Executive Incentives: What future for LTIPs?


In its recent report on UK Corporate Governance, the Business, Energy and Industrial Strategy Committee made recommendations for reforms that could, if adopted, mark a change in the structure of executive remuneration packages.

Failings in UK Corporate Governance

Despite the UK's strong system of corporate governance, concerns have grown over the lack of public trust in big business and increasingly high levels of executive pay which do not always relate to improved and sustainable performance. Following last year's well-publicised discovery of high-profile corporate governance failings, the government expressed a commitment to improving behaviour.

This spring, the Business, Energy and Industrial Strategy Committee, appointed by the House of Commons to examine areas of government policy, was tasked with conducting an enquiry into UK corporate governance. In its subsequent report, the Committee does not identify a need for drastic change (it supports the continuation of a "comply or explain" approach to the UK Corporate Governance Code); however, it does highlight areas where it perceives reform is needed. Media attention focussed on the Committee's proposal that, by 2020, at least half of all new appointments to senior and executive management level positions in listed companies should be women. However, there are other recommendations on pay which could have an impact on the structure of executive remuneration.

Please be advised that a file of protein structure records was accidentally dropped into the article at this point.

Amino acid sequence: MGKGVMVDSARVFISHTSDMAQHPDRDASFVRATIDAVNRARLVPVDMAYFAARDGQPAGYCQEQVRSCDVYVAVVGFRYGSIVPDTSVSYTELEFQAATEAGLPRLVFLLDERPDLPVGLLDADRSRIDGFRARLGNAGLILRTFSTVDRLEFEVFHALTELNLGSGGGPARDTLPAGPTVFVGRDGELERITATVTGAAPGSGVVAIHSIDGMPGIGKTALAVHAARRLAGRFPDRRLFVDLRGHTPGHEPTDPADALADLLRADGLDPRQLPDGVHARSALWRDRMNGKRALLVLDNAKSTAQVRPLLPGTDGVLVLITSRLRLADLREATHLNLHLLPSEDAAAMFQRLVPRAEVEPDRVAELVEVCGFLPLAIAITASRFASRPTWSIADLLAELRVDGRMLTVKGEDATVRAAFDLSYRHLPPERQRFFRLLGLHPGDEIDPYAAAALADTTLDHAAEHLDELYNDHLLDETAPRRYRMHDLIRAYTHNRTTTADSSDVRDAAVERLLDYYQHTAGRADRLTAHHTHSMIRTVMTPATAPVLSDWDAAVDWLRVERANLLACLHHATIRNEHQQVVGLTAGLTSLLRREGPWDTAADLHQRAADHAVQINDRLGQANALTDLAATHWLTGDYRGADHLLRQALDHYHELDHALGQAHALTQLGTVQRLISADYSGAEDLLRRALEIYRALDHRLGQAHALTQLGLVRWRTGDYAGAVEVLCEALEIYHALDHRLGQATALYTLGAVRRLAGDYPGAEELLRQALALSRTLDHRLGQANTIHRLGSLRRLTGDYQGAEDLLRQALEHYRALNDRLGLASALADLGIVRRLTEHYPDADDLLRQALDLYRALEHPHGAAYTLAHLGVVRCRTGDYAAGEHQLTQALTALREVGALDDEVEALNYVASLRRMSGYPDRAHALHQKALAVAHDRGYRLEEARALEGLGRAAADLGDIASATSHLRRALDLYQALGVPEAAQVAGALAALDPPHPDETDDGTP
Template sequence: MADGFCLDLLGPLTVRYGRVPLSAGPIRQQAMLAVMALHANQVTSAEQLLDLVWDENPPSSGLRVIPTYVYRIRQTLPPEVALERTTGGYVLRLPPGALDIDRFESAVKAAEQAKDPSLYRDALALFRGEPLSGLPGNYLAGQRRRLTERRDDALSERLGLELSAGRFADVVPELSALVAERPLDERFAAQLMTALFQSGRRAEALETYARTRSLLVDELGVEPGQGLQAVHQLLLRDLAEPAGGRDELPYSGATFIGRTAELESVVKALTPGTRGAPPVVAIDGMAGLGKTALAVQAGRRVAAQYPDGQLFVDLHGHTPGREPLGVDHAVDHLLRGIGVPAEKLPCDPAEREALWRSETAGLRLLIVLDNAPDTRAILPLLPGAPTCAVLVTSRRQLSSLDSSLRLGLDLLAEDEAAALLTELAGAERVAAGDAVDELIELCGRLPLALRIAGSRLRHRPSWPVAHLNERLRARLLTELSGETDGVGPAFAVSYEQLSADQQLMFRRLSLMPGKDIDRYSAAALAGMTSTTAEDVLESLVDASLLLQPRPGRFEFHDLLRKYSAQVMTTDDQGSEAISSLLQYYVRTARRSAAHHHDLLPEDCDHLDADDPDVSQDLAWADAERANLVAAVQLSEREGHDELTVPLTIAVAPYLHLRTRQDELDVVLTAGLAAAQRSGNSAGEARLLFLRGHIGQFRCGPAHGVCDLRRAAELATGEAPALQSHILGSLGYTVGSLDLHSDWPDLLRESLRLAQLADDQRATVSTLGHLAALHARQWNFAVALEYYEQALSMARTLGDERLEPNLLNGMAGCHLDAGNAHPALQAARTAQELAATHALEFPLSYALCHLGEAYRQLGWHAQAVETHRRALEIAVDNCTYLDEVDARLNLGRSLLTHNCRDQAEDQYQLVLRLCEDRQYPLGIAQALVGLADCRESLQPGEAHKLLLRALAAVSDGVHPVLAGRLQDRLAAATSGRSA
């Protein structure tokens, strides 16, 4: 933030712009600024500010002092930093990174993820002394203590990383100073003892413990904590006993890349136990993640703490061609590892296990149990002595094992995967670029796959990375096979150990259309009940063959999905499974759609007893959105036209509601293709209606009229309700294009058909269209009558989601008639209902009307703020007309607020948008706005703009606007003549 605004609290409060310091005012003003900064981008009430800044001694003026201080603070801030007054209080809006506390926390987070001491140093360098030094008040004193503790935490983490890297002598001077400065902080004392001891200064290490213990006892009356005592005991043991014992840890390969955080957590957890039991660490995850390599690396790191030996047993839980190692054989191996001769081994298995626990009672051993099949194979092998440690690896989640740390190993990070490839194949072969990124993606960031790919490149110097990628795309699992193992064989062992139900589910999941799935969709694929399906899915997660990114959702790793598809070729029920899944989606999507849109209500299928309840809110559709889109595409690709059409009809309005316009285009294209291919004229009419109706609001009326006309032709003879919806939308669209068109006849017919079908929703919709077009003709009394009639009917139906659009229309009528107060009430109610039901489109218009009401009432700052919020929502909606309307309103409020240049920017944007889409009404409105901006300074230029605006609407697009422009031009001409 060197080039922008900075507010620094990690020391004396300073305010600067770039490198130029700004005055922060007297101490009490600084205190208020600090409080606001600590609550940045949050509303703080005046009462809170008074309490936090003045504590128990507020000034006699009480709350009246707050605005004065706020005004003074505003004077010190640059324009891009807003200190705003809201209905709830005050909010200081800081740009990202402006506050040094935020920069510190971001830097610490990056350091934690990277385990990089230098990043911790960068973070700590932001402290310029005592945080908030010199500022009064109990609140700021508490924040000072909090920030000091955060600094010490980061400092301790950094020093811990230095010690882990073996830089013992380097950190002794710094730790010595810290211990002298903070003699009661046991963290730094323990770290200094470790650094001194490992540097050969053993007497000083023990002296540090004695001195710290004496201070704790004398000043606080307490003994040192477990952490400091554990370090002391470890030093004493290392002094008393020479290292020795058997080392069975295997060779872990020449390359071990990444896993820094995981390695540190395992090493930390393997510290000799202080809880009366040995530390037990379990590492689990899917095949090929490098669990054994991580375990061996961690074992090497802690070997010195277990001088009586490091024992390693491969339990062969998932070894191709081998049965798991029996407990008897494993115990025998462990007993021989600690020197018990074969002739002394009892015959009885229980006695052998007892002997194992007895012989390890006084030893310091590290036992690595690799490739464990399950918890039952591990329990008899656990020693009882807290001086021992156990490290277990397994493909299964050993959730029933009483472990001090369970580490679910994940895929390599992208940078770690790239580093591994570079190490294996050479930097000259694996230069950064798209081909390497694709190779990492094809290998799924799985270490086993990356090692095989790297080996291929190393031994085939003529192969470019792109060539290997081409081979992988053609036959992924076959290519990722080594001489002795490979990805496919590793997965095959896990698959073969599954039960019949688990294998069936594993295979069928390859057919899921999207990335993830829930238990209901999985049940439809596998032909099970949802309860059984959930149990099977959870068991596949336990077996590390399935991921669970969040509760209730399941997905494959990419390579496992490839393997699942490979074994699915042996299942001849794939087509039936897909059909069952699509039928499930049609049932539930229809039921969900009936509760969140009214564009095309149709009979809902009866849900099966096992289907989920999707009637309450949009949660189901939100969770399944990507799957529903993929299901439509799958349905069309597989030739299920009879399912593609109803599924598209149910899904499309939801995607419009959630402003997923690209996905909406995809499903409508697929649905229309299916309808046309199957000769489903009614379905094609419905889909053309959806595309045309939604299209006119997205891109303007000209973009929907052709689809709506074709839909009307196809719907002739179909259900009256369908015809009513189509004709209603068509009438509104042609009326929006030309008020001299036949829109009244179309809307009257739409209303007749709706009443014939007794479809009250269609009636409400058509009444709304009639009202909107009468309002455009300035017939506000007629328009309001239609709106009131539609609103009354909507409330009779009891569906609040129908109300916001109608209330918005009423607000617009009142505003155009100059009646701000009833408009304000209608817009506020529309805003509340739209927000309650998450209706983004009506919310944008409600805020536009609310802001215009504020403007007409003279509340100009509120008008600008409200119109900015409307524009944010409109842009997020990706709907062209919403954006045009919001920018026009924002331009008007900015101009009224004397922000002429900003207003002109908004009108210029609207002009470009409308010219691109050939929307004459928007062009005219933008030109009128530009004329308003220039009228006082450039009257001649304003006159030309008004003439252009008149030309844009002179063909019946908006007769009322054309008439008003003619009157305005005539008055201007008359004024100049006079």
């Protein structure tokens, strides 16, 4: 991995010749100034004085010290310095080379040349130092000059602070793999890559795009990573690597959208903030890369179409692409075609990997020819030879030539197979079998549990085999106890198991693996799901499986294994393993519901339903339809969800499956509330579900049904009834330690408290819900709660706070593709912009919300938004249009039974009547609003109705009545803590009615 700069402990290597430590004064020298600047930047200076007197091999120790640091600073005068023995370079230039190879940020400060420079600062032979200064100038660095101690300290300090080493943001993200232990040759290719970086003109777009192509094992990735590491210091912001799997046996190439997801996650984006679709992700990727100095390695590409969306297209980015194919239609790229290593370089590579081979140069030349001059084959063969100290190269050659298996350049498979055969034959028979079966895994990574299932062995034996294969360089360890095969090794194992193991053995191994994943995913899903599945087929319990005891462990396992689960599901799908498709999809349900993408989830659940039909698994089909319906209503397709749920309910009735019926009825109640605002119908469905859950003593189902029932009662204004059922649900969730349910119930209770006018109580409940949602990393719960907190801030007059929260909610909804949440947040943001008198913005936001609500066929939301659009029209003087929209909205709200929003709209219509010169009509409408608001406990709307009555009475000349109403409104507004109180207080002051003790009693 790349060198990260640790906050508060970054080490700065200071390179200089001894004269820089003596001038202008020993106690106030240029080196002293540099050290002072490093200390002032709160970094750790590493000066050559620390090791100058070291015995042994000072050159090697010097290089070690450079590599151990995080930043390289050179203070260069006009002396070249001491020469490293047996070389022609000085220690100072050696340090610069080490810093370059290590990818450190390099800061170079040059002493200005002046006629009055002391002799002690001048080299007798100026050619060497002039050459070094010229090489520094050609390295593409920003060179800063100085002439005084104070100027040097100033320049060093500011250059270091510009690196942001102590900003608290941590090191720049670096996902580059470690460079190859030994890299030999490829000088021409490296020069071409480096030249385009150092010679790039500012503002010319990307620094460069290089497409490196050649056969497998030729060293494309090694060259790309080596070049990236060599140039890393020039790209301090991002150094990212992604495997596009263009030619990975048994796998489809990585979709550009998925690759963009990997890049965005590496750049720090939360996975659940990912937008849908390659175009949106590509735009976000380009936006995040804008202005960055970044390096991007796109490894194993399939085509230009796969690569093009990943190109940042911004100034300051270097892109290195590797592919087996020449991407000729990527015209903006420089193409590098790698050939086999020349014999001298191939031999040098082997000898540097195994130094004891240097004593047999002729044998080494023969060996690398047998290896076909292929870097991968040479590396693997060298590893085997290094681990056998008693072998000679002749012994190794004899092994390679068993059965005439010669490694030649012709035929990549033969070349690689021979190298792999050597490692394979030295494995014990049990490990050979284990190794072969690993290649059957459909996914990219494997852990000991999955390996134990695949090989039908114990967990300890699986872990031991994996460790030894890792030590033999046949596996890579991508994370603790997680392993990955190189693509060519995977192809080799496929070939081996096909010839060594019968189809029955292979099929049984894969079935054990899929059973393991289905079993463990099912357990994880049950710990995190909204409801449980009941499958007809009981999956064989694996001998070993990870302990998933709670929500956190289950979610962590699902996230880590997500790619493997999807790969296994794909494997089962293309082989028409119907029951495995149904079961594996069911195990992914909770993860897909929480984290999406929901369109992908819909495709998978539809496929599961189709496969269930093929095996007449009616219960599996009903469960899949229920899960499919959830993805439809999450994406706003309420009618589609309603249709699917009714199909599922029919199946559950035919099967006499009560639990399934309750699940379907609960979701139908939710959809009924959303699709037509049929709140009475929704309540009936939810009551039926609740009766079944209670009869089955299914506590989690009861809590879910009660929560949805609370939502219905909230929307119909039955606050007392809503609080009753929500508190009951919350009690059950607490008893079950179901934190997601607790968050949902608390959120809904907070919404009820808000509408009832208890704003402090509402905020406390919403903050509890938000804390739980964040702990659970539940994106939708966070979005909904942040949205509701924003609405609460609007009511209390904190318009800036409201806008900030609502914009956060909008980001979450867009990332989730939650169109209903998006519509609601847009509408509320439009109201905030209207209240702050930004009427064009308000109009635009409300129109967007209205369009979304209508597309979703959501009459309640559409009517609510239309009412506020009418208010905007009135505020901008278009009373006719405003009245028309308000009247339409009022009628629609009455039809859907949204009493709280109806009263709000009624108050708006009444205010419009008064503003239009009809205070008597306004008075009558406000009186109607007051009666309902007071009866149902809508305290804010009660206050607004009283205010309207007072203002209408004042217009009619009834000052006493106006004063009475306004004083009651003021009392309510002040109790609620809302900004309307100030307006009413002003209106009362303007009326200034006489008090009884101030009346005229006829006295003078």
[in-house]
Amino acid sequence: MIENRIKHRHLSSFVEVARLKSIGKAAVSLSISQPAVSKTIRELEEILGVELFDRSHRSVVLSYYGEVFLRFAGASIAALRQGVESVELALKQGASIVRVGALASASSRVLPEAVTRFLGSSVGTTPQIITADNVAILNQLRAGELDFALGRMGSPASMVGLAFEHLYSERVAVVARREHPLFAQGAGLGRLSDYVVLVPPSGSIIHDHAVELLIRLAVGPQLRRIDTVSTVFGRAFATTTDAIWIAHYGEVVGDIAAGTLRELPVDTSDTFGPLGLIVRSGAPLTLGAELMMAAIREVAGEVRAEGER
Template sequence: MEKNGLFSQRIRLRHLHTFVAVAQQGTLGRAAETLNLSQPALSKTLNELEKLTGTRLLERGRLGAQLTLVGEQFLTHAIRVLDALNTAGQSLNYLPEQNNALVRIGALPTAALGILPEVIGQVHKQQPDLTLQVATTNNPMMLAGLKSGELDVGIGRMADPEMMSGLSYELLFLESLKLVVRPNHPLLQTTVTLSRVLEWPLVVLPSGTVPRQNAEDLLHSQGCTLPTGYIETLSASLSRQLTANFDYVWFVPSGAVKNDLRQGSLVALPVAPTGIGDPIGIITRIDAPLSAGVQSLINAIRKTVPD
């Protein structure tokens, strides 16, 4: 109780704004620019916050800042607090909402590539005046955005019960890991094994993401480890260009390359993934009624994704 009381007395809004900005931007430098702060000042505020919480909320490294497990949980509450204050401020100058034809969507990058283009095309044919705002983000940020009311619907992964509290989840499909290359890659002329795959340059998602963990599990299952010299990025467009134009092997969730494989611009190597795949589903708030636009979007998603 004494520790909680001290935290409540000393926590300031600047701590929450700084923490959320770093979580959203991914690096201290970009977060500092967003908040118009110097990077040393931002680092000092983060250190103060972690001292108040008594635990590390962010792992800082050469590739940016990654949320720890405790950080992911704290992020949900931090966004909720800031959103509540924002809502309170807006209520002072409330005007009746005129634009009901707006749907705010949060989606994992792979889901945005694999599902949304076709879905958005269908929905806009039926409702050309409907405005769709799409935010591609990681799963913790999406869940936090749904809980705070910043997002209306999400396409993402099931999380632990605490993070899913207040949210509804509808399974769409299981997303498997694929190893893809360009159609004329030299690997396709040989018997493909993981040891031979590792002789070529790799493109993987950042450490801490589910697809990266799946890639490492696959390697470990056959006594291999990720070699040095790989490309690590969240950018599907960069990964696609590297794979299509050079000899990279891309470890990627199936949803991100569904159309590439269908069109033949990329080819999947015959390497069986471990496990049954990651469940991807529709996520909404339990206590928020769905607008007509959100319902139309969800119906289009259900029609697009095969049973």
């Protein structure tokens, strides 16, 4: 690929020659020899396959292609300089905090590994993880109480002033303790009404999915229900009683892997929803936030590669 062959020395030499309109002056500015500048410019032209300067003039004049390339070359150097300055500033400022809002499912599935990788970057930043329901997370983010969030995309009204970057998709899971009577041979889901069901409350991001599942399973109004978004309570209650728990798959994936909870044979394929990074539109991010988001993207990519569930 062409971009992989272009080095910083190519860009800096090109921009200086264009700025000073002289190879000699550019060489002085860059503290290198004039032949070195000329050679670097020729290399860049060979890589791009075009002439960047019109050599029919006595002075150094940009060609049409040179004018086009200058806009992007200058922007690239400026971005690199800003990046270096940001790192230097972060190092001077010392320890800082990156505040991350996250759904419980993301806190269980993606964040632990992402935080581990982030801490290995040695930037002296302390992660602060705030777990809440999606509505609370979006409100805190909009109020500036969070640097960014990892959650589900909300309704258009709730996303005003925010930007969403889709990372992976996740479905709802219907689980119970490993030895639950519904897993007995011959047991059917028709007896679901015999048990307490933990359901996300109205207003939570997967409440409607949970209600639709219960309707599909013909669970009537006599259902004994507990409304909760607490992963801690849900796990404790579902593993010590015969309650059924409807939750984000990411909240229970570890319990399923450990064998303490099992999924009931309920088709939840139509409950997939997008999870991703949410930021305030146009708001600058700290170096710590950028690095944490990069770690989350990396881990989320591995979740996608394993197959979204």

• awards of free shares

  • vest after 3-5 years

  • grant level is multiple of salary

  • subject to stretching performance conditions (often TSR/EPS)


  • part of remuneration package paid in awards of free shares

  • awards vest on a phased basis over 5 years

  • no, or much more simplified, performance conditions


"Deferred stock options" instead of LTIPs?